There was an actual race car in Wreck-It Ralph, racing was actually kind of a big part of the movie. Including this racer would have been a much cooler tie-in as well as allowing Vanellope von Schweetz a roster highlight as well. Before you ask, there is no Sugar Rush stage either. Pretty disappointing use of license there, Sega. Hopefully it will feature into the next Mario Kart.
But anyway, back to the character roster. The point I’m making is that it’s kinda weak, despite the fact that it reaches across Sega’s entire library. They really don’t have the character roster the way Nintendo does. Like Mario Kart doesn’t even dip into the full Nintendo library yet it contains more racers that I would be interested to play as. God help Sega if Nintendo even decides to take the Smash Bros. series into racing games (please Nintendo, make it happen).
But racing games go far beyond their drivers. Let’s talk about the stages. This is where Sonic & All-Stars Racing Transformed really doesn’t measure up to the Mario Kart series. The stages kinda suck. They’re long and vibrantly colorful but too much so in both areas. Without the transforming mechanic, the race ways feel very dull (this becomes obvious in the last grand prix, which is made up of stages from the first game). Even with the transforming, I still don’t feel the same draw to the raceways. Too bad because they are doing everything in their power to be memorable. There is so much going on on the courses that it can become distracting. At one point I stopped racing because I simply didn’t know which way to go. There was no immediate road that looked more real that anything else going on in the background. I had to wait for other racers to come and crash through the wall in front of me (don’t make it so you have to crash through walls in one course in a racing game) so I knew where to go. This is not the best design.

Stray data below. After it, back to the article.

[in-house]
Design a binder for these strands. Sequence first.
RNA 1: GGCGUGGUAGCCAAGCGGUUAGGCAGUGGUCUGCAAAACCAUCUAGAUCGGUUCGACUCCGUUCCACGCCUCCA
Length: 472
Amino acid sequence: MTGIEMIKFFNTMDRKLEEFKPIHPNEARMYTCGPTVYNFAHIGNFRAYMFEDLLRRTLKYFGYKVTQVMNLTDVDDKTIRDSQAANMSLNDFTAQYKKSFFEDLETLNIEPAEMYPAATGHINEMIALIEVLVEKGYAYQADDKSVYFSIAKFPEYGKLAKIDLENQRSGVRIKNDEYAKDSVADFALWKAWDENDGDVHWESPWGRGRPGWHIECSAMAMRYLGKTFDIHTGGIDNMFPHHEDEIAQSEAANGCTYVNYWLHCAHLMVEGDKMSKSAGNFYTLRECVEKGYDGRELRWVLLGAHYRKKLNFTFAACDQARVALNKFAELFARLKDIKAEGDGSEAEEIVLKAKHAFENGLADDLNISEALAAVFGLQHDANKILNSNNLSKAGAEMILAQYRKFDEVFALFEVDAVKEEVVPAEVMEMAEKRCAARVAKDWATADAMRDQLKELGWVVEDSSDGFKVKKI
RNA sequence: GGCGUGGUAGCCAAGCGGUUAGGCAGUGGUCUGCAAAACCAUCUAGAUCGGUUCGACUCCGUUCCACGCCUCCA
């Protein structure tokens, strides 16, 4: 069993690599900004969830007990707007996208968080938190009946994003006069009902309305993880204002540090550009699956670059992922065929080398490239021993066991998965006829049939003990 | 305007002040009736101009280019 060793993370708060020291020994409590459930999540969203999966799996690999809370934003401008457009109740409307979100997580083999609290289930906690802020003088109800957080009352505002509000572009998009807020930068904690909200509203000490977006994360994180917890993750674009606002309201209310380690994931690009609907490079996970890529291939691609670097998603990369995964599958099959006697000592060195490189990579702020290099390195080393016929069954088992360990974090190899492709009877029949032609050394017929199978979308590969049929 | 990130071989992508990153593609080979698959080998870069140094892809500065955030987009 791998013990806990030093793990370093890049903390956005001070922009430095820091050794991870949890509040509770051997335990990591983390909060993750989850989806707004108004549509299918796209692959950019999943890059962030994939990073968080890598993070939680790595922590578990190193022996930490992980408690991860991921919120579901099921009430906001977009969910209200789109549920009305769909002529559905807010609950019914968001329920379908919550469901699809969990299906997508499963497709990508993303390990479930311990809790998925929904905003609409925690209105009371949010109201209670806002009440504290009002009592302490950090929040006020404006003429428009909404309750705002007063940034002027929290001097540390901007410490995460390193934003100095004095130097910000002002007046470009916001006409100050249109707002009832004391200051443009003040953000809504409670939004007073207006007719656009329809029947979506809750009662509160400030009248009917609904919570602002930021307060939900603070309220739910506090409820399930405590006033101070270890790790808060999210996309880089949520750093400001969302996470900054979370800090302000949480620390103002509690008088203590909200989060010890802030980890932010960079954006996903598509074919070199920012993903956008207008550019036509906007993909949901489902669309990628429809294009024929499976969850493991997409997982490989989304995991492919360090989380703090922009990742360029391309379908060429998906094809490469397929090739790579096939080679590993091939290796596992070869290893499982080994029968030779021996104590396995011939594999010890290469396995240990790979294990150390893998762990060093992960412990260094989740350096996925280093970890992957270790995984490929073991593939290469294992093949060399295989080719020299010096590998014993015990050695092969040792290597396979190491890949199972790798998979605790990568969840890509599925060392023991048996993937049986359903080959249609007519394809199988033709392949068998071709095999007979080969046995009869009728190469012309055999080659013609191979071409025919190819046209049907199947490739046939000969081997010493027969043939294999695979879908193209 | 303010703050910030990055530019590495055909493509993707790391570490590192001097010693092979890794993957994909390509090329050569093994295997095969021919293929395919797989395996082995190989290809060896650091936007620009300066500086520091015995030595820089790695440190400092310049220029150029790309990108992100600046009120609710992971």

These tracks are not horrible by any stretch. There is nothing, however, on the level of say a Bowser’s Castle or a Rainbow Road in the bunch (or even a Toad’s Turnpike). They’re all flashy so the effect kind of wears out after a while. Really I could have used one or two more down-to-earth stages to help the more epic raceways stand out. That’s enough about the courses though, got to talk about the power-ups.
The power-ups in this game are bland imitations of the power-ups in Mario Kart. Wow, that didn’t take as long as I thought. Okay I’ll go more into it. They’re not bad, they do their job. There is nothing as devilishly fun as hitting someone with lightning or dispatching the blue shell of death. Instead of that we get bees… and puffer fish… and fireworks… what do these have to do with Sega? For instance: we got a Shinobi course and racer so why is there no ninja star? Just off the top of my head right there.
I know I’ve been very negative in this review but I’m just proving a point. This game is not the AAA challenger to Mario Kart. It is, however, still a very fun racer and as close as you will most likely come to experiencing Mario Kart without purchasing a Nintendo console. So for all the Microsoft, Sony and PC owners out there who want a fun racer: this game is pretty good. For us Nintendo owners: it is enough to satisfy until the main event arrives (Nintendo is unveiling Mario Kart Wii U on June 11th, get excited).
Oh and if there was anyone out there hoping this game would be the next Diddy Kong Racing: it’s not.
Oh, one last thing to include: does it seem odd to anyone else that Sonic needs a race car to go fast? Am I the only one who wonders about that?
Thoughts? Comments? Am I full of it or onto something? Let me know now in the feedback section of this article.